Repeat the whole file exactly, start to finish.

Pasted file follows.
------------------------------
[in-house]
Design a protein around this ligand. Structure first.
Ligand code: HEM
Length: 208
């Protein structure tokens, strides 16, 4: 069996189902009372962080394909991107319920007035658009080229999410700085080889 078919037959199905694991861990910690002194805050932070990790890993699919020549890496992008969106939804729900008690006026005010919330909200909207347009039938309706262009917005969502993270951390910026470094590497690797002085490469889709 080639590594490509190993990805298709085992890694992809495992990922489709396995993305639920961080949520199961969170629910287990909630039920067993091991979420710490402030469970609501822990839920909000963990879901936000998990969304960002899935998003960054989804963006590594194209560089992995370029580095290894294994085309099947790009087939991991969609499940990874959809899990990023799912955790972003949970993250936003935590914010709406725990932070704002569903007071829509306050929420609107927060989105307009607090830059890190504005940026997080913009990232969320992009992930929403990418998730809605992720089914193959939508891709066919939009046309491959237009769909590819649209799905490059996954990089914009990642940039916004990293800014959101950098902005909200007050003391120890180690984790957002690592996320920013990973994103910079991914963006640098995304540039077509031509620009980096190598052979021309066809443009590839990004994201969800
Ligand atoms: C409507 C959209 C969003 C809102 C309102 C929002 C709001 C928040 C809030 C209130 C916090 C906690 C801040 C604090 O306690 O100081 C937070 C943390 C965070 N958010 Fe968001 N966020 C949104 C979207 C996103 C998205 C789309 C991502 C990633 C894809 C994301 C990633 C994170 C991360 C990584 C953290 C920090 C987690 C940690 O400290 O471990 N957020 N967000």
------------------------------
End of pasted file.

[in-house]
Design a protein around this ligand. Structure first.
Ligand code: HEM
Length: 208
């Protein structure tokens, strides 16, 4: 069996189902009372962080394909991107319920007035658009080229999410700085080889 078919037959199905694991861990910690002194805050932070990790890993699919020549890496992008969106939804729900008690006026005010919330909200909207347009039938309706262009917005969502993270951390910026470094590497690797002085490469889709 080639590594490509190993990805298709085992890694992809495992990922489709396995993305639920961080949520199961969170629910287990909630039920067993091991979420710490402030469970609501822990839920909000963990879901936000998990969304960002899935998003960054989804963006590594194209560089992995370029580095290894294994085309099947790009087939991991969609499940990874959809899990990023799912955790972003949970993250936003935590914010709406725990932070704002569903007071829509306050929420609107927060989105307009607090830059890190504005940026997080913009990232969320992009992930929403990418998730809605992720089914193959939508891709066919939009046309491959237009769909590819649209799905490059996954990089914009990642940039916004990293800014959101950098902005909200007050003391120890180690984790957002690592996320920013990973994103910079991914963006640098995304540039077509031509620009980096190598052979021309066809443009590839990004994201969800
Ligand atoms: C409507 C959209 C969003 C809102 C309102 C929002 C709001 C928040 C809030 C209130 C916090 C906690 C801040 C604090 O306690 O100081 C937070 C943390 C965070 N958010 Fe968001 N966020 C949104 C979207 C996103 C998205 C789309 C991502 C990633 C894809 C994301 C990633 C994170 C991360 C990584 C953290 C920090 C987690 C940690 O400290 O471990 N957020 N967000």